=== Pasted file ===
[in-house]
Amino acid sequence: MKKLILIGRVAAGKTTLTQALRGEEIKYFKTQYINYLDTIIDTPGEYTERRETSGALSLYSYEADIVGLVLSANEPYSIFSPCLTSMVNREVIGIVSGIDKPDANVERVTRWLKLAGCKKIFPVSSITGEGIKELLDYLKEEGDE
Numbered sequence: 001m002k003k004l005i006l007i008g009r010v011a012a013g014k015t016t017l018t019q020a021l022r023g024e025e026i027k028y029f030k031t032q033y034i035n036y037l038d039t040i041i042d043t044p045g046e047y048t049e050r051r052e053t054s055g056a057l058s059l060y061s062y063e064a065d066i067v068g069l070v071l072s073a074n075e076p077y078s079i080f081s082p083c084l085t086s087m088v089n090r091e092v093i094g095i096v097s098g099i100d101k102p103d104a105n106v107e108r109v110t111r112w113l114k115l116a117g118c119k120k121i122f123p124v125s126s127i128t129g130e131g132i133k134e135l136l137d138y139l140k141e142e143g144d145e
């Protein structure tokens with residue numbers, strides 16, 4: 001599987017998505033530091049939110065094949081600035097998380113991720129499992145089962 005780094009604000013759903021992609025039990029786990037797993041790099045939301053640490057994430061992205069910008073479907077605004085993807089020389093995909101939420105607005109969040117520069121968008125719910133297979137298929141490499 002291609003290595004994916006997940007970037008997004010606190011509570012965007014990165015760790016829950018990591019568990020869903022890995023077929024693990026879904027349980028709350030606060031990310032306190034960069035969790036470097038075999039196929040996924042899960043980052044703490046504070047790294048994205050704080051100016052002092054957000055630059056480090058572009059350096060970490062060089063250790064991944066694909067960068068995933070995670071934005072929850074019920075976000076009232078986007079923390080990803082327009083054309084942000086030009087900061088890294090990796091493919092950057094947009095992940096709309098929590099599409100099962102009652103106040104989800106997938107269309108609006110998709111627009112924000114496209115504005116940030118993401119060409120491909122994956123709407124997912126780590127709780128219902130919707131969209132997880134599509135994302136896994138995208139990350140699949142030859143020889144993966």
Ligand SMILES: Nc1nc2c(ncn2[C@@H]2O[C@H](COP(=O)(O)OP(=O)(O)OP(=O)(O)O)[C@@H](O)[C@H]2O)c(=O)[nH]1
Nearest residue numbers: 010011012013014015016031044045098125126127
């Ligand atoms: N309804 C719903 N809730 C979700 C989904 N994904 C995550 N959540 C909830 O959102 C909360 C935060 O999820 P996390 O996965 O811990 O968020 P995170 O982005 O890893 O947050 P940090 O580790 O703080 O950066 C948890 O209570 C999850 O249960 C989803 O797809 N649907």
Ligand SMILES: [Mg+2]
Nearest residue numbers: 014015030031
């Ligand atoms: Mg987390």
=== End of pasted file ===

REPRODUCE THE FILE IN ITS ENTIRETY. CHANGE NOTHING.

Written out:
[in-house]
Amino acid sequence: MKKLILIGRVAAGKTTLTQALRGEEIKYFKTQYINYLDTIIDTPGEYTERRETSGALSLYSYEADIVGLVLSANEPYSIFSPCLTSMVNREVIGIVSGIDKPDANVERVTRWLKLAGCKKIFPVSSITGEGIKELLDYLKEEGDE
Numbered sequence: 001m002k003k004l005i006l007i008g009r010v011a012a013g014k015t016t017l018t019q020a021l022r023g024e025e026i027k028y029f030k031t032q033y034i035n036y037l038d039t040i041i042d043t044p045g046e047y048t049e050r051r052e053t054s055g056a057l058s059l060y061s062y063e064a065d066i067v068g069l070v071l072s073a074n075e076p077y078s079i080f081s082p083c084l085t086s087m088v089n090r091e092v093i094g095i096v097s098g099i100d101k102p103d104a105n106v107e108r109v110t111r112w113l114k115l116a117g118c119k120k121i122f123p124v125s126s127i128t129g130e131g132i133k134e135l136l137d138y139l140k141e142e143g144d145e
């Protein structure tokens with residue numbers, strides 16, 4: 001599987017998505033530091049939110065094949081600035097998380113991720129499992145089962 005780094009604000013759903021992609025039990029786990037797993041790099045939301053640490057994430061992205069910008073479907077605004085993807089020389093995909101939420105607005109969040117520069121968008125719910133297979137298929141490499 002291609003290595004994916006997940007970037008997004010606190011509570012965007014990165015760790016829950018990591019568990020869903022890995023077929024693990026879904027349980028709350030606060031990310032306190034960069035969790036470097038075999039196929040996924042899960043980052044703490046504070047790294048994205050704080051100016052002092054957000055630059056480090058572009059350096060970490062060089063250790064991944066694909067960068068995933070995670071934005072929850074019920075976000076009232078986007079923390080990803082327009083054309084942000086030009087900061088890294090990796091493919092950057094947009095992940096709309098929590099599409100099962102009652103106040104989800106997938107269309108609006110998709111627009112924000114496209115504005116940030118993401119060409120491909122994956123709407124997912126780590127709780128219902130919707131969209132997880134599509135994302136896994138995208139990350140699949142030859143020889144993966």
Ligand SMILES: Nc1nc2c(ncn2[C@@H]2O[C@H](COP(=O)(O)OP(=O)(O)OP(=O)(O)O)[C@@H](O)[C@H]2O)c(=O)[nH]1
Nearest residue numbers: 010011012013014015016031044045098125126127
């Ligand atoms: N309804 C719903 N809730 C979700 C989904 N994904 C995550 N959540 C909830 O959102 C909360 C935060 O999820 P996390 O996965 O811990 O968020 P995170 O982005 O890893 O947050 P940090 O580790 O703080 O950066 C948890 O209570 C999850 O249960 C989803 O797809 N649907």
Ligand SMILES: [Mg+2]
Nearest residue numbers: 014015030031
């Ligand atoms: Mg987390």